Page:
“What happened in that time was the need for the U.S., and therefore for its allies, to do the traditional thing, which is you don’t leave your allies out to toast-so the friends of the U.S. in Vietnam needed to be brought out.”

What started out as careful politics, however, morphed into a massive humanitarian undertaking, thanks in large part to the work of individual parliamentarians, most notably Progressive Conservative cabinet minister Flora MacDonald.

“Flora was a little special,” said Clark. “She had NGO connections right up until her death, so she really was willing to gamble on pushing [refugee issues] out to the people.”

For Clark and Creal, the changes in Canadian refugee policy can partially be explained by changes in mindset among government leaders.

Both were quick to point out that it was Joe Clark’s Progressive Conservative Party, one of the precursors to the current Conservative Party of Canada, which pushed for broad acceptance of the Vietnamese refugees in the 1970s. It was another Progressive Conservative, Brian Mulroney, who led refugee resettlement in the wake of the Soviet Union’s collapse and instituted the formal refugee board that still hears refugee cases today.

These governments represented a brand of conservatism that saw Canada as having a responsibility to the international community to do its part in resettling displaced peoples, a role the current Conservative government under Stephen Harper has downplayed.

“I think this is something of an isolationist government, in many ways,” Clark said. “When I was active in refugee affairs, the Canadian government was-well, during the ending of the Cold War, Canada played the lead on refugee affairs.”

Creal did not mince words. “I think the record of the Conservative government with respect to refugees is, from my point of view, absolutely deplorable,” he said.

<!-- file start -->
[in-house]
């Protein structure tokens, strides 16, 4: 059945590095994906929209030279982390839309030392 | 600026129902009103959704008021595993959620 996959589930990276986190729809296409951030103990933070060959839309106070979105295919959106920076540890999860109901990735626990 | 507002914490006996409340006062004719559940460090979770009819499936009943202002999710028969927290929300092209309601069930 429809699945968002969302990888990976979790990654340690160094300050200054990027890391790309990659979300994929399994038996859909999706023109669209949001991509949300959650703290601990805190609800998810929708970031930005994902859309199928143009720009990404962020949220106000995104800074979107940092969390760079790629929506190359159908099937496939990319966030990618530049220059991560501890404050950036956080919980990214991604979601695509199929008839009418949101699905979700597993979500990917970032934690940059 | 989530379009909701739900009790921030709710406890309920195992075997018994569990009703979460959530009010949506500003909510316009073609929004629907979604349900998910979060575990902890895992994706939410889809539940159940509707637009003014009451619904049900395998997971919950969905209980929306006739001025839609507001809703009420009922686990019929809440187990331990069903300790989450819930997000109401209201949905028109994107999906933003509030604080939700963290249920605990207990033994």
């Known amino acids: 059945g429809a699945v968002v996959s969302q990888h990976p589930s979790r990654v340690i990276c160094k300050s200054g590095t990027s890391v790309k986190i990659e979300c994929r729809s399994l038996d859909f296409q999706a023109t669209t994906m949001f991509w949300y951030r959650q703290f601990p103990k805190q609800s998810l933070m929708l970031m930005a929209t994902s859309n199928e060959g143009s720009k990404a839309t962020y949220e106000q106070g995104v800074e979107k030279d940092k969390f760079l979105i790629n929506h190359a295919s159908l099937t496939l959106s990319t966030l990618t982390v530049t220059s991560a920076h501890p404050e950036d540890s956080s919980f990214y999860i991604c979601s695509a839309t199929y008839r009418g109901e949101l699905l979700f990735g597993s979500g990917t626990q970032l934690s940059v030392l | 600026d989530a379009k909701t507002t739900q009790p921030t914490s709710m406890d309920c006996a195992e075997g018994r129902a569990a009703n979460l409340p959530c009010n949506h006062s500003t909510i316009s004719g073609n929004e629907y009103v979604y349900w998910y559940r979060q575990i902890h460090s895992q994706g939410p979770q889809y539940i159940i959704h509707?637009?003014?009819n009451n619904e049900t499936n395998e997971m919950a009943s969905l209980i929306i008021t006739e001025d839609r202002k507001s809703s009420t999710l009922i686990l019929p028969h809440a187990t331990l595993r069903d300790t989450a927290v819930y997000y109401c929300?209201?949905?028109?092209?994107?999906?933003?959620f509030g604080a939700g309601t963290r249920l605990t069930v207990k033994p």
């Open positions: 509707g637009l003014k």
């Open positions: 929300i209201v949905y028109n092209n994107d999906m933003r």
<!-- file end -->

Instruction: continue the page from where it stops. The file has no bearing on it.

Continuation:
The Conservative government has created a climate within Citizenship and Immigration Canada (CIC) and Canada Border Services that is hostile toward refugees, he said.

“CIC and the border services have been set up primarily to get rid of people,” he said. “The culture there is ‘how do we get people out of Canada as fast as possible when rejected?’ ”

But Creal did not think this was representative of a cultural shift among the Canadian people.

“I think there’s no question that large numbers of Canadians are open [to having more refugees]. The calls from people saying they want to sponsor a refugee family have far exceeded the capacity of various agencies to handle.”

Clark agreed that the majority of Canadians are inclined to help refugees, but stressed that they usually need a push. If the government doesn’t provide it, it has to come from somewhere else.

“With a bit of media, you can get a huge popular empathetic movement-usually around something that is not particularly rational, like a picture of a small child,” he said.








  • André Forget

    André Forget was a staff writer for the Anglican Journal from 2014 to 2017.